“Keep up the dawah and the psychological warfare,” Ahmad told the sailor, a Muslim serving in the US Navy. From the San Diego Union Tribune, with thanks to Nicolei and Teri:
Investigators are trying to determine whether a San Diego sailor passed Navy secrets about security weaknesses and warship movements to a British man accused of having terrorist links, according to court documents unsealed yesterday.
E-mail messages from the unnamed sailor, sent in late 2000 and 2001 before the Sept. 11 terrorist attacks, were found in December in computer files belonging to Babar Ahmad, who was detained Wednesday in London, according to the 31-page arrest affidavit….
Investigators say the messages were sent from a Benfold e-mail account, including one in which the sailor wrote that he was on active duty in the Middle East….
The e-mail messages extolled the bombing of the destroyer Cole in October 2000 and the actions of Muslim fighters in Afghanistan, Bosnia and Chechnya, according to the affidavit documents.
A return message from Ahmad’s computer account “praised the enlistee’s comments and encouraged the enlistee to ‘keep up with the dawah (an Arabic term for missionary work) and the psychological warefare (sic),’ ” the documents stated.
The sailor, in another e-mail, discussed an on-board briefing about protecting the ship from terrorist attacks like the Cole bombing, according to the documents. In that attack, an explosives-laden boat was brought alongside the destroyer while it was anchored in Aden, Yemen, and blown up. The explosion killed 17 sailors, including one from San Diego.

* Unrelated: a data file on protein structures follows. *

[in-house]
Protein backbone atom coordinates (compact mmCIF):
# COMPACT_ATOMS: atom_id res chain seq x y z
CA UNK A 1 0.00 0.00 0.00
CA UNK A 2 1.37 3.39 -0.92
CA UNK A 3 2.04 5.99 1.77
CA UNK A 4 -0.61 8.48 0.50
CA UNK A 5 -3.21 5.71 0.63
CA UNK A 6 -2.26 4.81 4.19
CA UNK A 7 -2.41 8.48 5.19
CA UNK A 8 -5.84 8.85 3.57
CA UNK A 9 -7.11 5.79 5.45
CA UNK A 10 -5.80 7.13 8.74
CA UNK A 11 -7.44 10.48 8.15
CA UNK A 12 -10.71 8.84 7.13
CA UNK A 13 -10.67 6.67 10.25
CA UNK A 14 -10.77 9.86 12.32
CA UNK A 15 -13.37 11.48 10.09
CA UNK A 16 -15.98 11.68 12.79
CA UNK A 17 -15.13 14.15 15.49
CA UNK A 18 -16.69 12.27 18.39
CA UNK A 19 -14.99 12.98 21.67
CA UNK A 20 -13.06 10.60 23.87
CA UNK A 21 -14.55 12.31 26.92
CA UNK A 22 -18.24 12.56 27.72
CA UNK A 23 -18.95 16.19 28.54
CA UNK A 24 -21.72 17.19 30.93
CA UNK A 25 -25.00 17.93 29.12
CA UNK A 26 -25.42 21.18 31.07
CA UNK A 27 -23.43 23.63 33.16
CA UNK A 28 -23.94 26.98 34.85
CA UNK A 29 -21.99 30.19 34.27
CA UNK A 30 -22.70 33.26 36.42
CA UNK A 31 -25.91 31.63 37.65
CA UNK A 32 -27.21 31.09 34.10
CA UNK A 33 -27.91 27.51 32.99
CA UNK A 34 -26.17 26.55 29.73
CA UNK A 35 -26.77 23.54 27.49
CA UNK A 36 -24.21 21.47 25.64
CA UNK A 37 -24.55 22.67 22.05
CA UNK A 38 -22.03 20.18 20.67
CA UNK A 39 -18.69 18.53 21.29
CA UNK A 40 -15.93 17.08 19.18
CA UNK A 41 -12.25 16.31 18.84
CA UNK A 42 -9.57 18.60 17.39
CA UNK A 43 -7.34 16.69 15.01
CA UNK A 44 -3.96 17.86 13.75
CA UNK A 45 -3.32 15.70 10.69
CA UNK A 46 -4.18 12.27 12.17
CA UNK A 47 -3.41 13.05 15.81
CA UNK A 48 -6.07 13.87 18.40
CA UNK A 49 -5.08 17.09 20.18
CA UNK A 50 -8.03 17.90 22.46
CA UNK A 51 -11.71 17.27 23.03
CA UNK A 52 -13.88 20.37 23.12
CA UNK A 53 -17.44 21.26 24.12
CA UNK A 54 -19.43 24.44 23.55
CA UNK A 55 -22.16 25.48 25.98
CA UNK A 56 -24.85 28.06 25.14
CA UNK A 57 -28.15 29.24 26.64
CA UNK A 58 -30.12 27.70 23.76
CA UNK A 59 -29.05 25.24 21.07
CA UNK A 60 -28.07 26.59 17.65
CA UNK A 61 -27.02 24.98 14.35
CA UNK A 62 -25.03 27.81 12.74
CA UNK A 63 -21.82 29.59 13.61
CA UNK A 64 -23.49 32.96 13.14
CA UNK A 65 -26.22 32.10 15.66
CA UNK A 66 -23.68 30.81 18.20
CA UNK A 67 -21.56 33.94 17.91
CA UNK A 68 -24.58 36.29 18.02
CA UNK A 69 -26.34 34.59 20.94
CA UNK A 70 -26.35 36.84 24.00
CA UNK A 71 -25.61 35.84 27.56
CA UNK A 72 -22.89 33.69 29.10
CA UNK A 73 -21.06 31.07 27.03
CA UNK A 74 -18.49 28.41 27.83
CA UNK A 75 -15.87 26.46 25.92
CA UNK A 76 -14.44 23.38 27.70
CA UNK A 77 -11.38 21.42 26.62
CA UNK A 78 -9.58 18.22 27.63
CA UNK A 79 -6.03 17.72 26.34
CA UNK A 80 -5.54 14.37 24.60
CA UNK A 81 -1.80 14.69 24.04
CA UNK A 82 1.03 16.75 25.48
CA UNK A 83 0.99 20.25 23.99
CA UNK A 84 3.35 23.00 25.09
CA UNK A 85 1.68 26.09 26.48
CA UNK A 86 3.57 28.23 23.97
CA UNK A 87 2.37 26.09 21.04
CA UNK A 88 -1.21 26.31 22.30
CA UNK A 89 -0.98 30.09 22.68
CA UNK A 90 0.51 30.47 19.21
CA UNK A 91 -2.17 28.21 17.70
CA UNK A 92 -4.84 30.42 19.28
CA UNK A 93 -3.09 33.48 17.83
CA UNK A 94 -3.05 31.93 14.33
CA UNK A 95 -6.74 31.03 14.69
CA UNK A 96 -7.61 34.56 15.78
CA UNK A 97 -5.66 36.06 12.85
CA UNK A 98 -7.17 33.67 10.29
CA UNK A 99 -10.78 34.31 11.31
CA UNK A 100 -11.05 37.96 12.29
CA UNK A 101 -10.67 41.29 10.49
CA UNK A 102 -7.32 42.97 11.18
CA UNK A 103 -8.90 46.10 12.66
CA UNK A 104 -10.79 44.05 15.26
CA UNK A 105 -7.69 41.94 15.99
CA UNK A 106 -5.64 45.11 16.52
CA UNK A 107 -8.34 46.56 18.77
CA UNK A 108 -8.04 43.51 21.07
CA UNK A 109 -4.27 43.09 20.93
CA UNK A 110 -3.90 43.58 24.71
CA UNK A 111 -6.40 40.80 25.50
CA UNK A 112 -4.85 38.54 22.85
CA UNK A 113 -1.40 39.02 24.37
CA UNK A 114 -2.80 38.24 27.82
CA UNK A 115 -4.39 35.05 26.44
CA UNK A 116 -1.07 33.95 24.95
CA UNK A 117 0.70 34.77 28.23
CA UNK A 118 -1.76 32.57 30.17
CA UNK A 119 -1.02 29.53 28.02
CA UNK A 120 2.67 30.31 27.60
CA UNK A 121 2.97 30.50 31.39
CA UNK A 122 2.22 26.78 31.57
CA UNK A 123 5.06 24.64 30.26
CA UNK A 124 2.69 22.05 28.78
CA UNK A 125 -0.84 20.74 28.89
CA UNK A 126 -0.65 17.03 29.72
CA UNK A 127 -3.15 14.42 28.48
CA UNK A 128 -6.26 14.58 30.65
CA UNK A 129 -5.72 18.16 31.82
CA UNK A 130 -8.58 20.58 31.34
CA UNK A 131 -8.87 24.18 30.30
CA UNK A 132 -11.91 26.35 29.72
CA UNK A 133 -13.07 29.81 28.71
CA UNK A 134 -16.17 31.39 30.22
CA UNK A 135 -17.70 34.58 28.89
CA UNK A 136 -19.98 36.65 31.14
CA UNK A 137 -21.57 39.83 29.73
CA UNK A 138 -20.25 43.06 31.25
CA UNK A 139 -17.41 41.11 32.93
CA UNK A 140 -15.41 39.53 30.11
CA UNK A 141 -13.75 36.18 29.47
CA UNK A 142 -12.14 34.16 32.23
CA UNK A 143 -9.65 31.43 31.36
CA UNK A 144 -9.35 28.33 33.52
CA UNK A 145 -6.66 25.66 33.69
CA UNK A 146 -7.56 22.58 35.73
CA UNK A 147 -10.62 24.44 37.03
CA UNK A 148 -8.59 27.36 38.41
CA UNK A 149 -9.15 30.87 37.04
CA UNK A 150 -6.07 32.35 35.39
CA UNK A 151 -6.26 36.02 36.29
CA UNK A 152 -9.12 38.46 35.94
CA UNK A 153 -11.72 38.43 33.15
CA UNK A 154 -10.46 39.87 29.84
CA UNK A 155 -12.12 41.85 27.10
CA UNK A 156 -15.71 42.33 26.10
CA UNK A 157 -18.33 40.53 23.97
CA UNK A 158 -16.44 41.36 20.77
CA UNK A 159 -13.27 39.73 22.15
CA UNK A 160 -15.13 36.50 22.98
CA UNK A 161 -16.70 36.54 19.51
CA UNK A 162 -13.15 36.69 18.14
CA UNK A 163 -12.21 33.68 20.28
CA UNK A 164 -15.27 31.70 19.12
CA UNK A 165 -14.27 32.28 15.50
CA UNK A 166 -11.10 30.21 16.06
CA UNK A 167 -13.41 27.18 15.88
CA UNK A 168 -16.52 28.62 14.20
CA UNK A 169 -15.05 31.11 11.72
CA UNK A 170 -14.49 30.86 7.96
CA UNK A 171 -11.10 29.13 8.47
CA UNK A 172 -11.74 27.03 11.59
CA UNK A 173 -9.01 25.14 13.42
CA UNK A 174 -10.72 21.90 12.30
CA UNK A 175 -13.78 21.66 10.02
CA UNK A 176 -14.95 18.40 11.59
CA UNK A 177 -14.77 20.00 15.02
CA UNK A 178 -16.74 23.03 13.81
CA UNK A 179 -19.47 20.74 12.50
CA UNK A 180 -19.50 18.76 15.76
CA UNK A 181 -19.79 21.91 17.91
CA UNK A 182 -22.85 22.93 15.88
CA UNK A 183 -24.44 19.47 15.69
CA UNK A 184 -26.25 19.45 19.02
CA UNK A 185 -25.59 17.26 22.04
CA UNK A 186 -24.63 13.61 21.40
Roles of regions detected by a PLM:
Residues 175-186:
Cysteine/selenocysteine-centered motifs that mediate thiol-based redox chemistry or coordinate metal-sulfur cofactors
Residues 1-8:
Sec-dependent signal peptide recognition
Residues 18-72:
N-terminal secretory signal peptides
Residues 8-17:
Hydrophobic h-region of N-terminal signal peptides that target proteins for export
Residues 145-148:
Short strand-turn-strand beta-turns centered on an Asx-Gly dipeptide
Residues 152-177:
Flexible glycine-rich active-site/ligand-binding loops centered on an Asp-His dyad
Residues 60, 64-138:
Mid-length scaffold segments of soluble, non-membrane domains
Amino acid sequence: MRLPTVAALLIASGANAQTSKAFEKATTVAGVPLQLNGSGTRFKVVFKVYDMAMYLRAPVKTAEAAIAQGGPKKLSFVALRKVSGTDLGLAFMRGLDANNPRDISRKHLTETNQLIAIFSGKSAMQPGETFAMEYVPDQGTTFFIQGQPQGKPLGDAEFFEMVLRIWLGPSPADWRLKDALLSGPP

The same floppy disk contained a separate file describing the composition of the Constellation battle group, the ships’ planned movements and a drawing of the group’s formation for the transit of the Strait of Hormuz, the narrow passage between the Indian Ocean and the Persian Gulf, court documents said.
Under a heading of “weakness,” the computer file stated, “They have nothing to stop a small craft with (rocket-propelled grenade) etc., except their SEALs’ Stinger missiles.”
It also noted the expected date for the battle group’s transit through the strait….
Several defense analysts said the possibility of a spy or terrorist sympathizer within the military is plausible.
“I think it’s disturbing, but not surprising,” said analyst Jack Spencer with the Heritage Foundation, a Washington-based think tank. “Clearly, our military capabilities are a target of al-Qaeda.”
Another defense analyst wondered whether the military is able to prevent people from supplying information to terrorists.
“During the Cold War, they were set up to sniff out Communists, but I don’t know if they’ve come up with a program to address (terrorists),” said John Pike, director of the think tank GlobelSecurity.org. “There have been enough of these instances where service members have tried to help the (Islamic) jihad that you wonder how many that we haven’t caught.”
There will continue to be many that we do not catch as long as the military refuses to acknowledge that any Muslim can be radicalized.